We left the Todra Gorge area and started on our way to the Sahara by way of Merzuga.  We knew it was going to be a long 6 hour hot drive to the desert kasbah that we were going to be staying at for the night.  We made a couple of pit stops along the way, usually at one of Mohammeds buddies places.  Either that or this guy knew everyone in Morocco.  He was always honking and waving at people and having stop light conversations with the people in the car next to us.

We stopped at a rest stop and he picked some dates for me from the palm tree, which were incredible.  I had no idea that dates came from palm trees.  Along the way, to break it up and keep the kids interested, we stopped at a couple of interesting places.

The other place we stopped was along a system of wells that they used to use to get water from.  They dug 5m wells down to the underground aqueduct where they would bring water up in buckets.  So as you can see below, there are all these wells mounded up in a straight line.  The mounds were formed by the dirt that they dug up when making the well.

Wilson and I took a look underground in the actual aqueducts.

shop where they mine for marble that has fossils embedded into it.  They then make them into everything from counters to sinks to toilets.  There was a plethora of these fossils, in heaps like, “Oh well, here is another 60 million year old snail.  Put it over there..”

Just before we get there, Mohammed decides to take an off road short cut.  WIlson is excited.  Lulu not so much as she is already feeling a bit ill from being in the car all day.  But it was fun and got to drive over some volcanic soil.

Finally we get to the place for the night and we did nothing more than check in, and then jump in the small dirty pool.  Who cares.  It was wet and we were hot.  The kids played in there for a couple of hours before we had a nice romantic family dinner under a trellis of vines and flowers.  The kids practically fell asleep in their plates and were off to LaLaLand.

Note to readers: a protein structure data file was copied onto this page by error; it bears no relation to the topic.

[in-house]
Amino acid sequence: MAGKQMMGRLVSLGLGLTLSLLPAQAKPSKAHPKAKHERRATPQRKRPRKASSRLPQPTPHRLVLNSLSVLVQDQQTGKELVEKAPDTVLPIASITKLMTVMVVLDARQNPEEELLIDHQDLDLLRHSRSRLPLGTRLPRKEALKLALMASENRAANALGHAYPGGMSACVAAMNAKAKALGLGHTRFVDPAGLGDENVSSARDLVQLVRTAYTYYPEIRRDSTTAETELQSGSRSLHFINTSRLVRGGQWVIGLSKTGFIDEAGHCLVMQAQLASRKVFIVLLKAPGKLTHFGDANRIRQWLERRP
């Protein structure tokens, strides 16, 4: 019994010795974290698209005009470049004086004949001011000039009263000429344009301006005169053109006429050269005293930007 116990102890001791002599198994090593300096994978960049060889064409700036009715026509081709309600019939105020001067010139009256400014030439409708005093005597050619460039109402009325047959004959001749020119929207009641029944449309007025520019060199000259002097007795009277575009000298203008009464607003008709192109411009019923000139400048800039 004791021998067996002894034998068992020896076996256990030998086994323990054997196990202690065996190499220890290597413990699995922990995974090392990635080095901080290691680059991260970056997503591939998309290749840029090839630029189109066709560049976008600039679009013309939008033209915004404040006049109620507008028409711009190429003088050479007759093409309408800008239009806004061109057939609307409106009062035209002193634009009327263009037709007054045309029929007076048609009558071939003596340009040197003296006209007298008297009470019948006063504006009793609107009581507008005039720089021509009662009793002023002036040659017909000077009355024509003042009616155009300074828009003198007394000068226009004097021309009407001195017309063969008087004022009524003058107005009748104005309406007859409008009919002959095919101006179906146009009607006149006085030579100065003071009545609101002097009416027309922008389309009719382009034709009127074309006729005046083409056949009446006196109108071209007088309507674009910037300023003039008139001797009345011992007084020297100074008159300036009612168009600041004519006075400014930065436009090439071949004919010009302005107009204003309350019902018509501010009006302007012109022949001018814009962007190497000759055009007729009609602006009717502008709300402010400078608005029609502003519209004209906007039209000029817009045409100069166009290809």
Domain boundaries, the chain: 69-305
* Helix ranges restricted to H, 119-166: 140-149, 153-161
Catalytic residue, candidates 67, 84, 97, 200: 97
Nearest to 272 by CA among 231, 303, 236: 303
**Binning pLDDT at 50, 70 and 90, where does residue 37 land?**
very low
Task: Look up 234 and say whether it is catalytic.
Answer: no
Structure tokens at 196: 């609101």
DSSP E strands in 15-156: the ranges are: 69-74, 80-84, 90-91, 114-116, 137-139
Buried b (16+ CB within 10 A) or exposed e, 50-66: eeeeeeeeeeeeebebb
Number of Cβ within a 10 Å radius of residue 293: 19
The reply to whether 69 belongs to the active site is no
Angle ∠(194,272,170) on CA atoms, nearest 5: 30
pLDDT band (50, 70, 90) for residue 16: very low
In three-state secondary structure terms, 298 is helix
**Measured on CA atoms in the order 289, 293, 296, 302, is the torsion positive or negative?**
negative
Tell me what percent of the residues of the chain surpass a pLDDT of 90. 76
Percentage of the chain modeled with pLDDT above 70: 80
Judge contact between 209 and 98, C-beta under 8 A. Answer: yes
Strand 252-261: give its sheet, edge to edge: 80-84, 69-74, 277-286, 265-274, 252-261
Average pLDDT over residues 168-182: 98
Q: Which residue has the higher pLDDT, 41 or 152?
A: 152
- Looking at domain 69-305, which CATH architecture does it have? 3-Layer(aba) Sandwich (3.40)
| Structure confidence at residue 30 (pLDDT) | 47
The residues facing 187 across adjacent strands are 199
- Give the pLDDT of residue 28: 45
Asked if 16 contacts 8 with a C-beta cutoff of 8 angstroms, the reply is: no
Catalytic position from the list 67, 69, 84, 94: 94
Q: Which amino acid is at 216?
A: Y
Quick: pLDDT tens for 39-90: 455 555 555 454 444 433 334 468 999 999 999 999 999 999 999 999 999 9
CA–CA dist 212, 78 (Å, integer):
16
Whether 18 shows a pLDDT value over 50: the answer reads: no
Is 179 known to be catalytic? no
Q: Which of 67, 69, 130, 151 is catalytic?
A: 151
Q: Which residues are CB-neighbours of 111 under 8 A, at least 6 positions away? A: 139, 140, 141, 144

On the edge of the Sahara…

The odd thing about the start of today was that I woke up before everyone else. Literally. The whole hotel was still asleep and there was no staff around in the desert kasbah where we were staying.  So, I grab the computer and head up to the terrace on the top of the kasbah to watch the sunrise.

I got to work on some of the travel stories that I am a bit behind on due to the slow wifi in this part of the world. It is Africa after all.

The sun rose and so did the rest of the family and we filled our bellies with an amazing Moroccan breakfast before we headed out on the camels for the start of our three day adventure into the Sahara desert (the hotel arranged the camel trek for us).

We got all of our desert garb on and fashioned our turbans on (Jane, I would like you to make some Moroccan camel pants when we get home. They are sooooooo comfy!), topped up the water bottles, and walked out to the camel parking lot where Ferrari, Porsche, Lamborghini, and McLaren were waiting for us with our guide, Kassim.

The start of the walk with out guide, and we walk past a line of the wells in the desert.

I don’t think that they were going to set any speed records by the looks of it but that was their names nonetheless.

We decided to rename the camels. Wilson named his Freedom as he said on the first morning while he was riding that he felt like he was free and so happy. Lulu names hers Alex, Deb named hers Shebani (which means old in Berber), and the kids named mine Eisenhower after a character in the 39 Clues, which is an audiobook series that we listen to when we travel.

Then we headed off into the desert. We were all tied together and Kassim led the way. He has been a guide for 6 years and he goes out into the desert 1 to 2 times a week. He says he knows the desert like the back of his hand from this time and growing up in the desert with his nomadic family.

Did I mention it was hot? Holy crap.  It is a dry hot, so any available water from any orifice or surface is quickly evaporated. t is hot as soon as you go down into the valley between the dunes.  Thank goodness for the fact that there was a breeze blowing as that made the heat bearable, but you never actually had any sweat accumulate as it immediately evaporated.

There was absolutely no humidity.  So, contrary to what you would think, the long clothes actually kept moisture in or on your skin which helped you stay cool.  I had put my running compression calf sleeves on my forearms to protect from the sun and keep moisture in, and Deb and the kids had long sleeved shirts.

The other thing that helped a lot was our turbans. This kept our heads surprisingly cool and the trailing scarf covered our faces from the sun and the wind without being too hot. We occasionally found a tap where we could soak the scarf that we made the turban with which could drip on you and cool you off even more.  I imagined being at home and doing this in the winter while out on the lake skating or skiing, or snow blowing. I also wondered if I could do this during a run on a hot day!

In the middle of the day it was hotter than the hottest sand that we have ever been on. You had to wear shoes and it was still hot.

The camels plodded along and since I was on the oldest and biggest one in the front he made he most mobile bathroom breaks and passed gas the most which kept the kids laughing. Plus, they were behind me which meant they got the smell too…haha.  Suckers.